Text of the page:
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R Variables


Creating Variables in R

Variables are containers for storing data values.

R does not have a command for declaring a variable. A variable is created the moment you first assign a value to it. To assign a value to a variable, use the <- sign. To output (or print) the variable value, just type the variable name:

Example

name <- "John"
age <- 40

name   # output "John"
age    # output 40
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From the example above, name and age are variables, while "John" and 5 are values.

In other programming language, it is common to use = as an assignment operator. In R, we can use both = and <- as assignment operators.

However, <- is preferred in most cases because the = operator can be forbidden in some context in R.


Print / Output Variables

Compared to many other progamming languages, you do not have to use a function to print/output variables in R. You can just type the name of the variable:

Example

name <- "John Doe"

name # auto-print the value of the name variable
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However, R does have a print() function available if you want to use it. This might be useful if you are familiar with other programming languages, such as Python, which often use a print() function to output variables.

Example

name <- "John Doe"

print(name) # print the value of the name variable
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And there are times you must use the print() function to output code, for example when working with for loops (which you will learn more about in a later chapter):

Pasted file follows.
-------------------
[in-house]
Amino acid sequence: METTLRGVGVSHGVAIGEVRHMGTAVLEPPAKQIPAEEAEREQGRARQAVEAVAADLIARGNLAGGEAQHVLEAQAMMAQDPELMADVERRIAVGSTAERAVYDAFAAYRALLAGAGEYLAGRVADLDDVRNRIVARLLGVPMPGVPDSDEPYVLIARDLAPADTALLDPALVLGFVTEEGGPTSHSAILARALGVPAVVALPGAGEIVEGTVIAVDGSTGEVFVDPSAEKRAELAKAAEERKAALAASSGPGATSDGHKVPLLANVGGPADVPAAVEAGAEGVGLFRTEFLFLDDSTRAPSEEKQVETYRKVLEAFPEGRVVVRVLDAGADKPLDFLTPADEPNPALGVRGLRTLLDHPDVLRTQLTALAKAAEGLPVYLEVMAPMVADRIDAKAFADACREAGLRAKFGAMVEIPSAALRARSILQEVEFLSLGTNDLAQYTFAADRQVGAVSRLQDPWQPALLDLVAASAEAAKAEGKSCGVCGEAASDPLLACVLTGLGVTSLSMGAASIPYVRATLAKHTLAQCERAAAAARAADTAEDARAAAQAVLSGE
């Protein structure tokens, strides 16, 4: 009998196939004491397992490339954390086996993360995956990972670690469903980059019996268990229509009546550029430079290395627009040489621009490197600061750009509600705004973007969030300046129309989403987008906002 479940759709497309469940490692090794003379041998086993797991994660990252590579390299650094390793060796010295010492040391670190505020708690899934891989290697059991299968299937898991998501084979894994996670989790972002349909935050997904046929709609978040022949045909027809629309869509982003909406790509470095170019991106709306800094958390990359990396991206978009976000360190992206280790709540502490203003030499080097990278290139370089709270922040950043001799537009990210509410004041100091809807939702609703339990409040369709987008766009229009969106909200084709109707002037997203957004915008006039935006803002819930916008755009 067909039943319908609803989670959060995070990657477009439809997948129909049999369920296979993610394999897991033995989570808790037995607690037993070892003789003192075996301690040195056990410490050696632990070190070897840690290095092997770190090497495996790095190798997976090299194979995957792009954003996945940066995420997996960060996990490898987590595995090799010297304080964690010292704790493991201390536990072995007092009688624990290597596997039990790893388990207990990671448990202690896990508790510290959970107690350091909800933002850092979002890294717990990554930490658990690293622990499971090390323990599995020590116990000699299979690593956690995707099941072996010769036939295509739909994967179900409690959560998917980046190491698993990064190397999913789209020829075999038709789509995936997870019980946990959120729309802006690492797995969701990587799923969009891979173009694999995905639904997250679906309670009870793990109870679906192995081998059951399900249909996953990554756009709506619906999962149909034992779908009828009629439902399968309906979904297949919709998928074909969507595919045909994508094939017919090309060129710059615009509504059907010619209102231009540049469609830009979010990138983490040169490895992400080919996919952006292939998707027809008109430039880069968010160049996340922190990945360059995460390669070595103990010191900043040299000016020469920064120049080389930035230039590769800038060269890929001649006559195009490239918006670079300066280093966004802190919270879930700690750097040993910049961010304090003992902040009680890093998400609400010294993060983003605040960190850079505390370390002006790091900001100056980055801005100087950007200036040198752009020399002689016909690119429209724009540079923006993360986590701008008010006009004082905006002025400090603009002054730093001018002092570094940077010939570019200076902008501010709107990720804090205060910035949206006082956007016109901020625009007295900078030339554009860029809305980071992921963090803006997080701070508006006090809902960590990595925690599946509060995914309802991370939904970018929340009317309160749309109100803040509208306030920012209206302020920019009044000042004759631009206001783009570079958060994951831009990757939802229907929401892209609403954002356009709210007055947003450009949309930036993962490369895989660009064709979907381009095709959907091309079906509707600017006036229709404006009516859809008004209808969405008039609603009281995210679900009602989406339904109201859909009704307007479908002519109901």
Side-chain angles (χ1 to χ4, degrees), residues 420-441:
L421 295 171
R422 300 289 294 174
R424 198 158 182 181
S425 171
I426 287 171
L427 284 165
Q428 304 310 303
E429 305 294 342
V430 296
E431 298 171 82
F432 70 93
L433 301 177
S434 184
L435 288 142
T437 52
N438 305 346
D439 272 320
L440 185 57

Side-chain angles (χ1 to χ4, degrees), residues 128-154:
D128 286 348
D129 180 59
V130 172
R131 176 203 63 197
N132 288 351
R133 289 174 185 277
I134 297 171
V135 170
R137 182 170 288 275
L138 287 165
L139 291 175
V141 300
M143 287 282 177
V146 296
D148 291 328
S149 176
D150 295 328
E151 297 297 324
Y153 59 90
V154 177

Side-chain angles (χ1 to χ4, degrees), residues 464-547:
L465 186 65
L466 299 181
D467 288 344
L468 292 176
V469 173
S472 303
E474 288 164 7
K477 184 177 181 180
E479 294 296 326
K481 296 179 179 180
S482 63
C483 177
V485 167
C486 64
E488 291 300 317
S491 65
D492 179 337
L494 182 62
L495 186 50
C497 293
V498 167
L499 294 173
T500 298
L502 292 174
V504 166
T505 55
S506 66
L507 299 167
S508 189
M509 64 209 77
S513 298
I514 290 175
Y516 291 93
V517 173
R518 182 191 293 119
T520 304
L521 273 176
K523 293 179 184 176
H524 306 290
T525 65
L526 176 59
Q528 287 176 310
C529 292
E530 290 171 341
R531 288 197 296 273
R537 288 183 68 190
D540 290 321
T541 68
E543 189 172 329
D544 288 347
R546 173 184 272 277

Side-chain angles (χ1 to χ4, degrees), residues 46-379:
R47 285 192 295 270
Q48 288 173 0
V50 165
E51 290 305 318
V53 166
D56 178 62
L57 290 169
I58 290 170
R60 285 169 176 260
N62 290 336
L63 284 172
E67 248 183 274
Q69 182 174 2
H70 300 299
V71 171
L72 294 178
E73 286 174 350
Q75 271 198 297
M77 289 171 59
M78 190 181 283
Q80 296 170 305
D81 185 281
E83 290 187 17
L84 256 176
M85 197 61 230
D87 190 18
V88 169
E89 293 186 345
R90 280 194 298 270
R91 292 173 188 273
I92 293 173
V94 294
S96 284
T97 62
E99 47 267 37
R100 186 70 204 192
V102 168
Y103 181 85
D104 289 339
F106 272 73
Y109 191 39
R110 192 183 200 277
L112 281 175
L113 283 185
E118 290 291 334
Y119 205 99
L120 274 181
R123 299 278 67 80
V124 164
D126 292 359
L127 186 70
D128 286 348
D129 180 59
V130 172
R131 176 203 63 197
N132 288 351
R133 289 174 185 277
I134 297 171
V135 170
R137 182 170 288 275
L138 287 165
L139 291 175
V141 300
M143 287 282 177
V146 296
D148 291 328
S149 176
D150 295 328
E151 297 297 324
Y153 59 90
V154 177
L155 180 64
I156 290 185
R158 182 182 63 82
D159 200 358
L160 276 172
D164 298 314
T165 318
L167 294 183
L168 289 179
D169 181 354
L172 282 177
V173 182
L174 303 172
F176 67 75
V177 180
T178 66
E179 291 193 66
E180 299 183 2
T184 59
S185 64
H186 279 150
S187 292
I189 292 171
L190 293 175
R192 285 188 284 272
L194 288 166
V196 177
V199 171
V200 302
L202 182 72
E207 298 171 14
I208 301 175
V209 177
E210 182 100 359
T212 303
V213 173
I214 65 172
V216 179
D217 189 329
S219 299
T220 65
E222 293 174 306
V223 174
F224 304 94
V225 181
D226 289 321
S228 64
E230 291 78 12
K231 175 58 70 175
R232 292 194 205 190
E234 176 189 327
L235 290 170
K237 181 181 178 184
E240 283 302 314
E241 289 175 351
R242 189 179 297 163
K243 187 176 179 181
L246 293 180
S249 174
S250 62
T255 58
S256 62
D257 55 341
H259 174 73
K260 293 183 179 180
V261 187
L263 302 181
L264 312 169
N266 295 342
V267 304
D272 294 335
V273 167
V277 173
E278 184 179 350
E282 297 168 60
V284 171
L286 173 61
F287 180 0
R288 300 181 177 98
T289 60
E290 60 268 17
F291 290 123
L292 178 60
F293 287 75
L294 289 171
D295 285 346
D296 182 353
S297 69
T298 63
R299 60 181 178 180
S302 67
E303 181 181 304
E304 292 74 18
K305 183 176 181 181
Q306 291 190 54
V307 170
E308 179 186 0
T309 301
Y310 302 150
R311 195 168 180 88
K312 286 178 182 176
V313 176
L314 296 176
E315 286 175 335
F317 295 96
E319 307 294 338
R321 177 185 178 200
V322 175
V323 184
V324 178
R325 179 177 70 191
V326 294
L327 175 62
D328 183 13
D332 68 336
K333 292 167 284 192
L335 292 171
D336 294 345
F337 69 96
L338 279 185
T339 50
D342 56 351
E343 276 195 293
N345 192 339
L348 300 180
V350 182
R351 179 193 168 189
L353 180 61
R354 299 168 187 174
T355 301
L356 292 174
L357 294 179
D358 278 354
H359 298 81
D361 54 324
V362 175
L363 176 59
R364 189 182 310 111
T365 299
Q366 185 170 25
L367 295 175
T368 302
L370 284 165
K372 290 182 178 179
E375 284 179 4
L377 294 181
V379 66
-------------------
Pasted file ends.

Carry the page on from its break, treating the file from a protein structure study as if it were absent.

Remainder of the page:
Example

for (x in 1:10) {
  print(x)
}
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Conclusion: It is up to your if you want to use the print() function or not to output code. However, when your code is inside an R expression (for example inside curly braces {} like in the example above), use the print() function if you want to output the result.


Concatenate Elements

You can also concatenate, or join, two or more elements, by using the paste() function.

To combine both text and a variable, R uses comma (,):

Example

text <- "awesome"

paste("R is", text)
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You can also use , to add a variable to another variable:

Example

text1 <- "R is"
text2 <- "awesome"

paste(text1, text2)
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For numbers, the + character works as a mathematical operator:

Example

num1 <- 5
num2 <- 10

num1 + num2
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If you try to combine a string (text) and a number, R will give you an error:

Example

num <- 5
text <- "Some text"

num + text

Result:

Error in num + text : non-numeric argument to binary operator
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Multiple Variables

R allows you to assign the same value to multiple variables in one line:

Example

# Assign the same value to multiple variables in one line
var1 <- var2 <- var3 <- "Orange"

# Print variable values
var1
var2
var3
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Variable Names

A variable can have a short name (like x and y) or a more descriptive name (age, carname, total_volume). Rules for R variables are:
  • A variable name must start with a letter and can be a combination of letters, digits, period(.)
    and underscore(_). If it starts with period(.), it cannot be followed by a digit.
  • A variable name cannot start with a number or underscore (_)
  • Variable names are case-sensitive (age, Age and AGE are three different variables)
  • Reserved words cannot be used as variables (TRUE, FALSE, NULL, if...)
# Legal variable names:
myvar <- "John"
my_var <- "John"
myVar <- "John"
MYVAR <- "John"
myvar2 <- "John"
.myvar <- John

# Illegal variable names:
2myvar <- "John"
my-var <- "John"
my var <- "John"
_my_var <- "John"
my_v@ar <- "John"
TRUE <- "John"

Remember that variable names are case-sensitive!